If you've never written creatively before, this course include supplements to orient you to the basics. If you're an experienced creative writer, this course will show you how to deepen your writing by infusing it with transformative personal experience.
"If you do not tell the truth about yourself you cannot tell it about other people." –Virginia Woolf
In his book, Opening Up: The Healing Power of Expressing Emotions, expressive therapy pioneer Dr. James Pennebaker devotes several chapters to the history and power of personal honesty. Per his extensive studies, all humans have inappropriate thoughts, fears, and uncomfortable memories. The best way to move past them is to travel through them.
Writing is one of the most amazing things out there. Where else can you watch a free movie in your head? Writing has also put me in touch with forgotten emotions and healing insights. Honestly, I'm not sure why this free therapy isn't hyped more often—writing is so cathartic.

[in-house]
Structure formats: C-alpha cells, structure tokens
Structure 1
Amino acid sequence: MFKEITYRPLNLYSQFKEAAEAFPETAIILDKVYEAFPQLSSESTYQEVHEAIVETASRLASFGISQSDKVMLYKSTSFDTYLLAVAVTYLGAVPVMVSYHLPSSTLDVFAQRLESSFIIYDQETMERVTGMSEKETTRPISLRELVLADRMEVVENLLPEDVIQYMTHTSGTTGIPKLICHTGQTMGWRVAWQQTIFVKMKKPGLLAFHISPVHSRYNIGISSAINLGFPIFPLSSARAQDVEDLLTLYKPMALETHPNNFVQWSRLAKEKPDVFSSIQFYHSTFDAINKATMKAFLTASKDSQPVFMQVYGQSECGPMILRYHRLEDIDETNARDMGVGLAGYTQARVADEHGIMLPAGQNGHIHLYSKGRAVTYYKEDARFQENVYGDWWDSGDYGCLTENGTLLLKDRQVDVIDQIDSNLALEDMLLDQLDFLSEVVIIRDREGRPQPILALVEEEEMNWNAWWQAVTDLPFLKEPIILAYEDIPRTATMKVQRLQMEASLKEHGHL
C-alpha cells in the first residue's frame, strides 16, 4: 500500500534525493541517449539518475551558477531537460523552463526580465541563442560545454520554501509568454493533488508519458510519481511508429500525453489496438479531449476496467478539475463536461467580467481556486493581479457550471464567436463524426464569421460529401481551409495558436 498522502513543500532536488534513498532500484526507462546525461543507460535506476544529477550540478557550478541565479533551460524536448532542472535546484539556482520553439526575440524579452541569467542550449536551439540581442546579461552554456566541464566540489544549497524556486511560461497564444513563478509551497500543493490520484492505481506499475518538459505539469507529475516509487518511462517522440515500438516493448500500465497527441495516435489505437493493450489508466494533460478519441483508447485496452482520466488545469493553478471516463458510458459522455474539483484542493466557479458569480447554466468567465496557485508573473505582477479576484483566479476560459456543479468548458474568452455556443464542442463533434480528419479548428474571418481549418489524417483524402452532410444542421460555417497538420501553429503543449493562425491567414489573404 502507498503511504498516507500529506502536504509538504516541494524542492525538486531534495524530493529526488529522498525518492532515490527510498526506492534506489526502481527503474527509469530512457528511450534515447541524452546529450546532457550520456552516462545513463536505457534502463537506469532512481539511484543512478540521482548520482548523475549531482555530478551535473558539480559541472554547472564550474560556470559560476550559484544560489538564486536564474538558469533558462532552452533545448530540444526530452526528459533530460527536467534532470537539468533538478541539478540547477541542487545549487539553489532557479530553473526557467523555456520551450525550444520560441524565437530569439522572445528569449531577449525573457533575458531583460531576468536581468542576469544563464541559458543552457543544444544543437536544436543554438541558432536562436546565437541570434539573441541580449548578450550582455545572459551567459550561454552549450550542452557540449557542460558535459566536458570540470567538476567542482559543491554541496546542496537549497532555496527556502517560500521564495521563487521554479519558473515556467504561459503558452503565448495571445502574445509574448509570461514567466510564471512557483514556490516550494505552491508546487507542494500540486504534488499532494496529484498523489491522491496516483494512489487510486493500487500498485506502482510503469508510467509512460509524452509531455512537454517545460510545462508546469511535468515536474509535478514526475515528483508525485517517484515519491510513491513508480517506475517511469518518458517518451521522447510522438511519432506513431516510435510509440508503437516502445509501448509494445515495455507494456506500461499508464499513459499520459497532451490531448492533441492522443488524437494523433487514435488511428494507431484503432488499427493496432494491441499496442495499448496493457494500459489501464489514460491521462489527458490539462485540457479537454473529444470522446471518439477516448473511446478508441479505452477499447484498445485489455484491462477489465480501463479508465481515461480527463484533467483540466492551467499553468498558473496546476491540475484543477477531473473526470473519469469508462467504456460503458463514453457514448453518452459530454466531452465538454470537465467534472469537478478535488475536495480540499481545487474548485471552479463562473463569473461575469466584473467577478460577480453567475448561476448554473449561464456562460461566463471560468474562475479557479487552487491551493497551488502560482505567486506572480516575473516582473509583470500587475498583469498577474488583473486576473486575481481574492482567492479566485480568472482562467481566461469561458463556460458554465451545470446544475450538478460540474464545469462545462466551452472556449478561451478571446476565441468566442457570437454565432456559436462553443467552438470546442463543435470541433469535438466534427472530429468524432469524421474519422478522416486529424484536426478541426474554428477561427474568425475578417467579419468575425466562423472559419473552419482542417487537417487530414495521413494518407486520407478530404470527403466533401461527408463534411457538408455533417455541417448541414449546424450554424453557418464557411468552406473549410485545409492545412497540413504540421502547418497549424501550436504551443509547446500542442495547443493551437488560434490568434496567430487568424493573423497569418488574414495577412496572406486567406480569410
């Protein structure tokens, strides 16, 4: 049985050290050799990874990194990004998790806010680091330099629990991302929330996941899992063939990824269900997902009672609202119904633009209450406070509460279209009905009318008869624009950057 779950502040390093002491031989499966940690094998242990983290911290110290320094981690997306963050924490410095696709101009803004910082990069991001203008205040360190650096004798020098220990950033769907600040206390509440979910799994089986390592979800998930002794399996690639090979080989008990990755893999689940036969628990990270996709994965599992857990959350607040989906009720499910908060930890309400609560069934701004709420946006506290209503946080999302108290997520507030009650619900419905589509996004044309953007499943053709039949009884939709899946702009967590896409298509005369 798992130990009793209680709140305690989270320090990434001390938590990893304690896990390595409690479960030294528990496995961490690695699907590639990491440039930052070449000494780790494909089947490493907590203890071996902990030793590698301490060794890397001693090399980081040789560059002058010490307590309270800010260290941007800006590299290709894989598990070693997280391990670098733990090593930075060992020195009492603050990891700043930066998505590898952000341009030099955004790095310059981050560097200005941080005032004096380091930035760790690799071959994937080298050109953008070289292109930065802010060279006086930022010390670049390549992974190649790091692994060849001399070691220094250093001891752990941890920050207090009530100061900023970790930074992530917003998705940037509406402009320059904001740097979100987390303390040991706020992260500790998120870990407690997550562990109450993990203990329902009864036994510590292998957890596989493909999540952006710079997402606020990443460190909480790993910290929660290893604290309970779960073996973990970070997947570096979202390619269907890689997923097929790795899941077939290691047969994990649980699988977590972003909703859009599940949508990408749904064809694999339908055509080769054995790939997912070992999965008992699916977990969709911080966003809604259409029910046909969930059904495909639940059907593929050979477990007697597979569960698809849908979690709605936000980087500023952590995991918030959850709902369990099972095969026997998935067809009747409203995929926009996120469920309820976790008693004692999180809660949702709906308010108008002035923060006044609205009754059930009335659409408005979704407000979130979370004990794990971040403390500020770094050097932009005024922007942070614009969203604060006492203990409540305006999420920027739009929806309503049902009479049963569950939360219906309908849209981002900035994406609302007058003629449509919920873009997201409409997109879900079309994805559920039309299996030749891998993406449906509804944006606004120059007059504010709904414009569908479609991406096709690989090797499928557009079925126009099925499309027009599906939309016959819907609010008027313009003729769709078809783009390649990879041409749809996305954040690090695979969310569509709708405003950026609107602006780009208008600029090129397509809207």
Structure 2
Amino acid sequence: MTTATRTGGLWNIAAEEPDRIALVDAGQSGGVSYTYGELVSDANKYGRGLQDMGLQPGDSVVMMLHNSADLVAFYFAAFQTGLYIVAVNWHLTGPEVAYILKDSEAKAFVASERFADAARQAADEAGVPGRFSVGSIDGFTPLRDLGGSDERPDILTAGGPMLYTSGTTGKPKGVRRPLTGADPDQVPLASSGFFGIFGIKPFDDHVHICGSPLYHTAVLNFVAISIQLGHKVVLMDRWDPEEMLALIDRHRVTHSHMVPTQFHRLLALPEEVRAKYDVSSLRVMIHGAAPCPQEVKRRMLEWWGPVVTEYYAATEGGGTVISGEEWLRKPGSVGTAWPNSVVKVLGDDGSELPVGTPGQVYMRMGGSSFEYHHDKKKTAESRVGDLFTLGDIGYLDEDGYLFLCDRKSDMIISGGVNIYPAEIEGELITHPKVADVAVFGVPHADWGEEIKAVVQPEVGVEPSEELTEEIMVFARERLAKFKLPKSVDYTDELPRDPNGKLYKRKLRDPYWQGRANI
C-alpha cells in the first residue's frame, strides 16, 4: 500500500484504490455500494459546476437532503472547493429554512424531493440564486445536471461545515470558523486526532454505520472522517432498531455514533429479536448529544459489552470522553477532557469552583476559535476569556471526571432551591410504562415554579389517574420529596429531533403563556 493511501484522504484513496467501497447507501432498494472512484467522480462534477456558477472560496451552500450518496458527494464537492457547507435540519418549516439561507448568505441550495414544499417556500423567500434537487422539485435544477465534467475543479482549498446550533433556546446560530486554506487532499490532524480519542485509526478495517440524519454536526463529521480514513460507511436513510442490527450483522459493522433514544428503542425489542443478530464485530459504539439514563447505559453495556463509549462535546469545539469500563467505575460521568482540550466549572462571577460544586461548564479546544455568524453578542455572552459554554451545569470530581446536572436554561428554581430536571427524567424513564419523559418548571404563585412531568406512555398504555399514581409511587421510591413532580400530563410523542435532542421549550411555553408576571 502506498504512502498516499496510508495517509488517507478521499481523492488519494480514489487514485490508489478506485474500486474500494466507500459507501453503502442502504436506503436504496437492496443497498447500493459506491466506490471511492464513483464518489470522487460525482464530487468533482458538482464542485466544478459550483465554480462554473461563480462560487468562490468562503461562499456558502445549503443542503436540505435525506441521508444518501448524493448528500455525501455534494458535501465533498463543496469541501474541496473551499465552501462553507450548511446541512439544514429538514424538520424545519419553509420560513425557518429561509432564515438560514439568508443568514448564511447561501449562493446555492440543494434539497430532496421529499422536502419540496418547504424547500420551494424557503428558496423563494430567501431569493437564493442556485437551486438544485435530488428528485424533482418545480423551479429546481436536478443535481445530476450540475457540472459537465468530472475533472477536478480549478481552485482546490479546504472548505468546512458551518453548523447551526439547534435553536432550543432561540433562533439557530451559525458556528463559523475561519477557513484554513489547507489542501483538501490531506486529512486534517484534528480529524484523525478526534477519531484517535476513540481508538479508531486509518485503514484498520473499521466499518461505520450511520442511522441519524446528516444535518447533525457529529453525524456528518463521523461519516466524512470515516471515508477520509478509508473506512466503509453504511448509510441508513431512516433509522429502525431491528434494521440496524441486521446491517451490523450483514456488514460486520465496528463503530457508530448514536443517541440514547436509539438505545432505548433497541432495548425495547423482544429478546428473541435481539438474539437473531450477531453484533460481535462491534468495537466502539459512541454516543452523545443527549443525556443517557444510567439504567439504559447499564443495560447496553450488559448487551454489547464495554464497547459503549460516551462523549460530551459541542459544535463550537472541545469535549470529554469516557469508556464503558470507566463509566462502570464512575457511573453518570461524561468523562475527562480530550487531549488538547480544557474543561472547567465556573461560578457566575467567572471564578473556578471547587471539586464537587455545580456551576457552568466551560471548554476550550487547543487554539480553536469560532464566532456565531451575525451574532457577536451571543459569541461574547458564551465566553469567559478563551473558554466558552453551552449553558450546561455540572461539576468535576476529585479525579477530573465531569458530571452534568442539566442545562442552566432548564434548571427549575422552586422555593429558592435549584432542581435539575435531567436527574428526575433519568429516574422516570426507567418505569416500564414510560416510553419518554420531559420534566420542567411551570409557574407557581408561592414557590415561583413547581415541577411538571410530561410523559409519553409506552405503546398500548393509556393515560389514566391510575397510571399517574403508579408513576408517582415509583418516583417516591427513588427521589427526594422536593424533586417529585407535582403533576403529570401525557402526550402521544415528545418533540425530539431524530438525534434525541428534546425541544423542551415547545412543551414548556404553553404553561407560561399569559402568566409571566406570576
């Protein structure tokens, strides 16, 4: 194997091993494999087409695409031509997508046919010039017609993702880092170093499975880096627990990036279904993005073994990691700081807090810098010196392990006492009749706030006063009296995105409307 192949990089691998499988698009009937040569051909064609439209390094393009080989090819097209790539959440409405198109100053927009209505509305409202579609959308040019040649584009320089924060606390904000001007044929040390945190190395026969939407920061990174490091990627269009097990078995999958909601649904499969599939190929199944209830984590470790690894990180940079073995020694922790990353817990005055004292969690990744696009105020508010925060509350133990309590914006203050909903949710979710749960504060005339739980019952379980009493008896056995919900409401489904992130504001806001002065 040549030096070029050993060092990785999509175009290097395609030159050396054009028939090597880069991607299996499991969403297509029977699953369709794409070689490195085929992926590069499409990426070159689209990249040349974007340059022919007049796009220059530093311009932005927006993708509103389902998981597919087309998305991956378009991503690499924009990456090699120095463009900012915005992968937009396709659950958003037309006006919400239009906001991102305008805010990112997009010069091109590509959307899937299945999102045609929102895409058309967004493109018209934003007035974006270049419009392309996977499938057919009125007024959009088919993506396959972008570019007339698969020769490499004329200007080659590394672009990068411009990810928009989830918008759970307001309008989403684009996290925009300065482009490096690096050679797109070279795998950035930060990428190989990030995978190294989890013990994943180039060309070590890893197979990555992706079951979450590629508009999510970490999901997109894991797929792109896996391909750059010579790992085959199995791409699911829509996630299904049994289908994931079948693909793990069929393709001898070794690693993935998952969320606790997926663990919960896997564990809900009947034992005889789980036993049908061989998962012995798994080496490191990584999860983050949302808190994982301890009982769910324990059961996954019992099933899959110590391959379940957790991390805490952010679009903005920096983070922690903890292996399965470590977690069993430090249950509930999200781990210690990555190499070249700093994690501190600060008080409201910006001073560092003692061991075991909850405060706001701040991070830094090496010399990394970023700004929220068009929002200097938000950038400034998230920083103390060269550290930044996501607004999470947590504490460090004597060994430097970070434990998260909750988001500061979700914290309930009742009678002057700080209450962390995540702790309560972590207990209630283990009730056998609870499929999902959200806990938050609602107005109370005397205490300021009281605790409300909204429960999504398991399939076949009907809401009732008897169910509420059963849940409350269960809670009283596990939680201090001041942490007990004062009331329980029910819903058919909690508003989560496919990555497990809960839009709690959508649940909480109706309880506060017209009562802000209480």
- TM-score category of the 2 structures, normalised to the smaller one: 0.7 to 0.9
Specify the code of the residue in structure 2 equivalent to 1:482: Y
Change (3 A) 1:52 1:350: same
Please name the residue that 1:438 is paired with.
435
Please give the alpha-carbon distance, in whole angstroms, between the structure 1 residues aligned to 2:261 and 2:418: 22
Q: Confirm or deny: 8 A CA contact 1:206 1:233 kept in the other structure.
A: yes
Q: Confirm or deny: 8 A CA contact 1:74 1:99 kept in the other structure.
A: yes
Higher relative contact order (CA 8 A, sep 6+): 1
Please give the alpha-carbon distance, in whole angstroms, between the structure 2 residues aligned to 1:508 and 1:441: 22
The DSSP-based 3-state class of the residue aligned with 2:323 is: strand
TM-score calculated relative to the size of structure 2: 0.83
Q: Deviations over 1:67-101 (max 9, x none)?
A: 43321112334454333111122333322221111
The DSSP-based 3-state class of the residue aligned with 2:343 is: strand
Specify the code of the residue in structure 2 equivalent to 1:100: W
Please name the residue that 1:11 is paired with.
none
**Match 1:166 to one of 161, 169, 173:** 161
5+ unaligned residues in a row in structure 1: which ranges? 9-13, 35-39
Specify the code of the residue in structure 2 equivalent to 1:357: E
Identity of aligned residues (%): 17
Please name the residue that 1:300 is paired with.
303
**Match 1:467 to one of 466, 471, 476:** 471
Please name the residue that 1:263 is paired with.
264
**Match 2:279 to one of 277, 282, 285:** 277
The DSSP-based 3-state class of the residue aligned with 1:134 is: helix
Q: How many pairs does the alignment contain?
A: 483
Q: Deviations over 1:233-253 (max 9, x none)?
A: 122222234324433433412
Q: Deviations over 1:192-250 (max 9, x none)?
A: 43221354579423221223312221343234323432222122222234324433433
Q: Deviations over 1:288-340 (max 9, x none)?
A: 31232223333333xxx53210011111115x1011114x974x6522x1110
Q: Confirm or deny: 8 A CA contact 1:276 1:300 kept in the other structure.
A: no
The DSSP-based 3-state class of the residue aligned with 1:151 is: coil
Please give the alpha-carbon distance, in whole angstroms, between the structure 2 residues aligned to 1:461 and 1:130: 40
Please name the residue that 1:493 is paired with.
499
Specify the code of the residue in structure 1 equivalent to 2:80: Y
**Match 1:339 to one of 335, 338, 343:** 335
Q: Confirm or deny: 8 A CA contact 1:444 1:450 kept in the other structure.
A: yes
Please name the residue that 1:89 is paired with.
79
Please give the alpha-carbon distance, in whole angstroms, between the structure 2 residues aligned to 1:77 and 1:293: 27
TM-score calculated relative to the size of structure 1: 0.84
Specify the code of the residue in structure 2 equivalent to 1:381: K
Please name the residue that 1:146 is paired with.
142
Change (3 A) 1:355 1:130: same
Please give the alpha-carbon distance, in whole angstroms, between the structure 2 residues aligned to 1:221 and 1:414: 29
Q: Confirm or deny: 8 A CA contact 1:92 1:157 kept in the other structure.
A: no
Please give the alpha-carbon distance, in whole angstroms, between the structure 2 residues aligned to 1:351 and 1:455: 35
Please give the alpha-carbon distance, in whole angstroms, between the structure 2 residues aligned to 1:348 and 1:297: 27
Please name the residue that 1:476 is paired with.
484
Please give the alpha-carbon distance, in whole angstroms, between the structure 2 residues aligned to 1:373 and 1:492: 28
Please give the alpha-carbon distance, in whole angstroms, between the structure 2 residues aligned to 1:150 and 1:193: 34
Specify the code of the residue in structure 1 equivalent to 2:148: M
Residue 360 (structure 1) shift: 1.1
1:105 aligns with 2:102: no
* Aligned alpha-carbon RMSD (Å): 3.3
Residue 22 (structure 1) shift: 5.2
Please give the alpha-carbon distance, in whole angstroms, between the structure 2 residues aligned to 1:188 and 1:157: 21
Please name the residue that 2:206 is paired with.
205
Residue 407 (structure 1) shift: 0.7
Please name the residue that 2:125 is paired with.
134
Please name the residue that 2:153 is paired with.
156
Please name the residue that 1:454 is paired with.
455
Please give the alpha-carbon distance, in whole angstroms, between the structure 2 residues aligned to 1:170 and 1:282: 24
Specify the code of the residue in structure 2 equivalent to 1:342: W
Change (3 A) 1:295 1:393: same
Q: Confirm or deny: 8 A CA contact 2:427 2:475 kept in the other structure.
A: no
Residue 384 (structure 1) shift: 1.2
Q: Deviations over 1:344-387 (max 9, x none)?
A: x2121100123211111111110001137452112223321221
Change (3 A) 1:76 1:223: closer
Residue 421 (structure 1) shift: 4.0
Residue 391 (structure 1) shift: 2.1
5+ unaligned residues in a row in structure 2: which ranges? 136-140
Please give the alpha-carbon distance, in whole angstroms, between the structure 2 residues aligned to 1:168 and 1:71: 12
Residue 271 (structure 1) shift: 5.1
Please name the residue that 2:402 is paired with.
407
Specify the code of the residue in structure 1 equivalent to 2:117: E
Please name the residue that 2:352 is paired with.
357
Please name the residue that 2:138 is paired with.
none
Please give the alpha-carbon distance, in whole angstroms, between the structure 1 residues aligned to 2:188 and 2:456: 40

I imagine that I'll wrestle with Shame at the beginning of every new project I write (he loses his seat at the table around page 100, dunno why), and I'll have to fight myself back to this place each time. Steven Pressfield does a great job naming this crisis of confidence in The War of Art. Anne Lamott offers an antidote in “Shitty First Drafts”--her whole book is a must-read. But here’s what *I* know, and what I forget with each book I write: there is only one cure for the shame, and it is this: word count.
Reading like a writer requires you to figure out what in a piece of fiction moves you and what turns you off. I'm calling that self-awareness your narrative detective—its job is to solve the mystery of the narrative, looking at the ways it is and isn't succeeding—and I'm going to encourage you to feed it PIE every time you read anything: a menu, a short story, the interpretive plaque next to the world's biggest redwood tree, a book.